As the sentence says, "It was selfish of her to leave without helping us."
Is it OK to say "She was selfish to leave without helping us"?
Thanks for responding to this question!!
(1) It was selfish of her to leave without helping us.
(2) She was selfish to leave without helping us.
Yes, it's fine -- they are just two different ways of saying the same thing. (2) is just as correct as (1) and assuming that the referent of "her" and "she" is the same person, then (1) entails (2) i.e. they can only have the same meaning.
Grammatically, though, they are quite different. If you're interested, let me know and I'll explain the difference.
Thank you, Paul!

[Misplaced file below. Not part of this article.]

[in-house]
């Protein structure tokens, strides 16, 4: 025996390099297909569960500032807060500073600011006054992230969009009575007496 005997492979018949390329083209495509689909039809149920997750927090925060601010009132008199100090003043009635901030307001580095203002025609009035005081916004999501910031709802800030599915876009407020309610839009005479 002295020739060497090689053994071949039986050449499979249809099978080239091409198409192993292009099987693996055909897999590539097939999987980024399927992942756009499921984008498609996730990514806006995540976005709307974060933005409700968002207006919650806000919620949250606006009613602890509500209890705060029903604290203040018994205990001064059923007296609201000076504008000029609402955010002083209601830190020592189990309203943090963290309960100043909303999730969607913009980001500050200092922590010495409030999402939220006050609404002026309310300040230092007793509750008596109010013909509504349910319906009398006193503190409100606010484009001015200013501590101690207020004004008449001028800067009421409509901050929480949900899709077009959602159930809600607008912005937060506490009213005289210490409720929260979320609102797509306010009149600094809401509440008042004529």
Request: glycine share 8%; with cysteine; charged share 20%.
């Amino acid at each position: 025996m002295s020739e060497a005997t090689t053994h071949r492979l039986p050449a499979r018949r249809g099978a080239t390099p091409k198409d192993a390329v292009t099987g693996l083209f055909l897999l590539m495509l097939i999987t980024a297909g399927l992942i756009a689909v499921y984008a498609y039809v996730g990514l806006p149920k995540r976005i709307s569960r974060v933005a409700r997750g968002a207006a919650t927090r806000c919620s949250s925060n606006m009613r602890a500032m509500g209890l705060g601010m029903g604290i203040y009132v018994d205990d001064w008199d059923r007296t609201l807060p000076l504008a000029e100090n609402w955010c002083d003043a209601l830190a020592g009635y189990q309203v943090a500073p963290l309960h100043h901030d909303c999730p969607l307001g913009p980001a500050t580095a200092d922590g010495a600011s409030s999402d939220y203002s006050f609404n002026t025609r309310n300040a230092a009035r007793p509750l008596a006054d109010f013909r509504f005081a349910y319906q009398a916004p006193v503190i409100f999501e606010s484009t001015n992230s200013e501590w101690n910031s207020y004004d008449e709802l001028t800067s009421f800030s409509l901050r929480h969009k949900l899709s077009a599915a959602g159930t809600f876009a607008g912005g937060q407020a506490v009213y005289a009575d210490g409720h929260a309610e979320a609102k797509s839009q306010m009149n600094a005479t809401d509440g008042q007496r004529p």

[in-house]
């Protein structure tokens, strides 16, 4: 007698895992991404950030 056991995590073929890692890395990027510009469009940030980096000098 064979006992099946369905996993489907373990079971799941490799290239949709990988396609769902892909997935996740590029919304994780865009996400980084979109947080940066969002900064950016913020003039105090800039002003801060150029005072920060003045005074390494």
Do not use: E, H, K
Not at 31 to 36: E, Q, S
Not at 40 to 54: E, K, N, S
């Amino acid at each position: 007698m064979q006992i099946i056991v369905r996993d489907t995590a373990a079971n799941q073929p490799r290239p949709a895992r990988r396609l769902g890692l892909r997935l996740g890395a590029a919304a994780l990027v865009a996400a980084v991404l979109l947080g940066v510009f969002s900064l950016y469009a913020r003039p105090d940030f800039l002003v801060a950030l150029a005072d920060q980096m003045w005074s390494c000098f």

Please let me konw the difference.
Consider these three:
(1) She was selfish to leave without helping us.
(2) It was selfish of her to leave without helping us.
(3) To leave without helping us was selfish of her.
The difference is that (2) is called an 'extraposition' construction. This occurs when the subordinate clause subject of a non-extraposed sentence (3) is moved to the end of the sentence and replaced by the dummy pronoun "it". We call the subordinate clause in (2) an extraposed subject.
In the extraposed (2) "it" is the subject and the adjective phrase "selfish of her" is the subjective predicative complement, just as it is in the non-extraposed (3).
So kind of you, Paul!